“There are certain steps to get what they feel like they need at home and if their family member doesn’t qualify based on the coverage criteria that’s been written or their referral source is not offering the proof in written documentation of what they need, then they can’t just have it now and hope the paperwork gets filed later,” said Poonawala. He encourages customers to work with providers, and if a solution can’t be reached, equipment is available for rent or at a fair purchase price from Spring Branch.
“We want patients to get on with their lives,” he said.
Advocating for Change
Poonawala is active in advocating for the industry with AAHomecare and other organizations. He is an active presence at Medtrade and offers education to fellow HME dealers, as well.
In looking to future changes for the homecare industry, Poonawala said he would like to see more open markets for consumers.
“A walker isn’t just a walker,” Poonawala said. “Let a family choose what specific brand or model is most suitable for them and offer providers some type of formulary that’s easy for us to understand how they can qualify and receive fair market value, similar to the market pricing program we were discussing several years ago.”
Poonawala also wishes that CMS would open up more reimbursement for preventative care. Many bathroom safety products, for example, are not medical in nature, according to CMS.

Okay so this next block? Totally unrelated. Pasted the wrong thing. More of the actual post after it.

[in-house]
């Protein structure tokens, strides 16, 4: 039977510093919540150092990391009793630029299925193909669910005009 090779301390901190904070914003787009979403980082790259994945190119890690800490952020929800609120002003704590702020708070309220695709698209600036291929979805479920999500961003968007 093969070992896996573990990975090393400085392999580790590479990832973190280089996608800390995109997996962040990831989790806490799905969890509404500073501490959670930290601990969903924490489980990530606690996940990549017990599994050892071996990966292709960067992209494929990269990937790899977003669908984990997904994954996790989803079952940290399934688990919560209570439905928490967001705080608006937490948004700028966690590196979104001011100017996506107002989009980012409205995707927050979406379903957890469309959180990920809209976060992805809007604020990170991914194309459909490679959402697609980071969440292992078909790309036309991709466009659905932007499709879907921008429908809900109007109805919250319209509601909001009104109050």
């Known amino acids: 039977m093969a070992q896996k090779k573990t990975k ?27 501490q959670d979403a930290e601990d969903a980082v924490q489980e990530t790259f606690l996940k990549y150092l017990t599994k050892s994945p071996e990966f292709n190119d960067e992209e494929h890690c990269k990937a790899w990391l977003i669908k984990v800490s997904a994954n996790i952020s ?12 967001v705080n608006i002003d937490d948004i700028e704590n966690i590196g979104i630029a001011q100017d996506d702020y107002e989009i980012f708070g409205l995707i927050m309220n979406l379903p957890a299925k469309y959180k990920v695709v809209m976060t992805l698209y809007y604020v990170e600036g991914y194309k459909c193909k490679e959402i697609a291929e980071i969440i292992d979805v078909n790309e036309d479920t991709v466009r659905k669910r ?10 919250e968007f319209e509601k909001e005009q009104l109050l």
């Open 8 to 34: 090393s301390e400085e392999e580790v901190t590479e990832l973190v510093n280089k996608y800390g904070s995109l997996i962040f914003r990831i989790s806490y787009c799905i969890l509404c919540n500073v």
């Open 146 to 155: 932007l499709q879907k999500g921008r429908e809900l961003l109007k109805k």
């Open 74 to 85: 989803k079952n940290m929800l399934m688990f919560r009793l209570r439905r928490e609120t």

“The rest of us understand that a penny’s worth of investment in bathroom safety can yield a pound of prevention of a possible injury and the several months of recovery that the person would have to go through,” said Poonawala. “And if we could reduce that risk by just spending a few cents relatively speaking, then we may be able to see some significant savings across the board for CMS and third-party sources.”
Meanwhile, Poonawala continues to apply the theory that everything his business does is only good enough for his clients if it’s good enough for his family. After all, his mother is still one of the company’s five employees; although semi-retired, she handles administrative tasks and is accreditation and compliance officer—and keeps him from overspending on new products.
“I feel one of the ways we are able to accomplish [things] is by being a true family business and a true community-focused business,” Poonawala said. “We have good times together we have bad times, but at the end of the day we treat each other like family, and we stick by each other as we work to enable and empower each customer to provide the best care possible for their loved one at home.”